New funding for Concord Smart Signals, Iron Horse Trail, other county projects

New funding for Concord Smart Signals, Iron Horse Trail, other county projects

New funding for Concord Smart Signals, Iron Horse Trail, other county projects
Iron Horse Trail at Monument Blvd. in Concord. (Pete Cruz photo)

CONTRA COSTA COUNTY, CA (Mar. 24, 2022) — The Consolidated Appropriations Act of 2022 will fund $1.2 million for the Concord Smart Signals Project as well as $350,000 for Iron Horse Trail enhancements.

Contra Costa County community projects will receive $8,061,000 from the act, which President Joe Biden signed into law March 15.

“This funding will go to 10 different projects in our community that would address behavioral and mental health, support veterans, improve transportation accessibility, increase internet access for students and help the county transition away from fossil fuels,” said Congressman Mark DeSaulnier of Concord.

“For the first time in a decade, we finally have the opportunity to bring home funding to Contra Costa for specific projects that will have a meaningful impact on people’s daily lives,” the Democrat added. “From supporting mental health resources to improving commutes, the quality of life of residents across the county will be much improved thanks to this critical funding.”

Better transit and trails

The Concord Smart Signals Project will help reduce congestion and emissions, prioritize transit and emergency vehicles and protect vulnerable road users.

“We are thrilled that this funding will help the Contra Costa Transportation Authority (CCTA) advance our Vision Zero goals to improve safety for all road users in the county, especially bicyclists and pedestrians,” CCTA executive director Timothy Haile said, adding that the project will “support future emerging technologies like the connected and automated vehicles being tested at GoMentum Station.”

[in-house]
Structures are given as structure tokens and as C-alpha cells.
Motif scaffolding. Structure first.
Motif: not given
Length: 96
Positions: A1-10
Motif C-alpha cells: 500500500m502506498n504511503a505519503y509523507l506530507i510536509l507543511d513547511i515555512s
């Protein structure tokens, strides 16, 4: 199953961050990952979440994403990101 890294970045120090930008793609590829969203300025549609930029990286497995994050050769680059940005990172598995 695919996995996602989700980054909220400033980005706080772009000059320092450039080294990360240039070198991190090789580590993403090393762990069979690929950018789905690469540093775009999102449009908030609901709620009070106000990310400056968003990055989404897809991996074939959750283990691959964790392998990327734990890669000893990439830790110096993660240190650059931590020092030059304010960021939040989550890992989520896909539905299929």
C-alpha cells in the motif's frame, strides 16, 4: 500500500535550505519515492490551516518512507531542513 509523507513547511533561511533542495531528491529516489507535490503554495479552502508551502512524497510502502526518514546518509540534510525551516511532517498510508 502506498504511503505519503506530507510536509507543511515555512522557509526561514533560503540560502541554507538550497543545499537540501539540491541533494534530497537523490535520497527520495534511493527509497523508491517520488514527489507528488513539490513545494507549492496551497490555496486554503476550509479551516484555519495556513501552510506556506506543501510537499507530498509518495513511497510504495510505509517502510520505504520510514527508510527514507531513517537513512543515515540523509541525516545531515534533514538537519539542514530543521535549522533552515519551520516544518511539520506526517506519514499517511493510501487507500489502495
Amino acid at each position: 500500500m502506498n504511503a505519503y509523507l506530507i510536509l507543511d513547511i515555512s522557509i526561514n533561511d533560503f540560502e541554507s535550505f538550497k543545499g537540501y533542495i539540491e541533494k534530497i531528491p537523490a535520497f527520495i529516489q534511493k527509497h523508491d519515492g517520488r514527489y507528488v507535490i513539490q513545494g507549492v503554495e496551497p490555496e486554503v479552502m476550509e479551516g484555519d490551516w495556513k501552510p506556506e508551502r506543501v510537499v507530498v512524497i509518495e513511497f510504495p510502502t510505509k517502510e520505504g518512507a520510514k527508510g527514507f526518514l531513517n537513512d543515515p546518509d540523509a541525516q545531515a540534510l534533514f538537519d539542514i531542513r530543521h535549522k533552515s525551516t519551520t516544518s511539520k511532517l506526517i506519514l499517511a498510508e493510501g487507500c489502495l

The Iron Horse Trail Bridge, Nature Park and Pedestrian Safety Project will bring safety improvements and enhancements across multiple jurisdictions, from Concord to Pleasanton.

Other countywide benefits

Funding for countywide projects includes:

$1.061 million for the Mobile Crisis Response Team Expansion Project, adding two more teams that respond to urgent behavioral health crises as well as alcohol and other drugs counselors.

$1 million for the Contra Costa Crisis Services Hub Project to renovate a county-owned facility to consolidate and expand access to integrated mental health and substance use treatment services.

$900,000 for the Collaborative Care Implementation Project for the Contra Costa Regional Medical Center and Health Clinics to implement a standardized treatment model.

$900,000 for an Educational Internet Access Project to rebuild and enhance internet and firewall services required to provide internet connectivity to the county’s 18 school districts.

$750,000 for a Just Transition Economic Revitalization Plan Project to help create a communitywide framework for green economic development as the county transitions away from a petroleum-based economic sector.

$700,000 for the Veterans Memorial Buildings Improvements Project to make energy efficiency, environmental and safety upgrades at Veterans Memorial Buildings across California’s 11th Congressional District.

Contra Costa Supervisor Karen Mitchoff praised DeSaulnier for his efforts on behalf of the county. “These projects will help provide excellent health, including mental health services here in the county, and ensure that as our economy evolves, we continue to be the home of good jobs for all who live here,” Mitchoff said.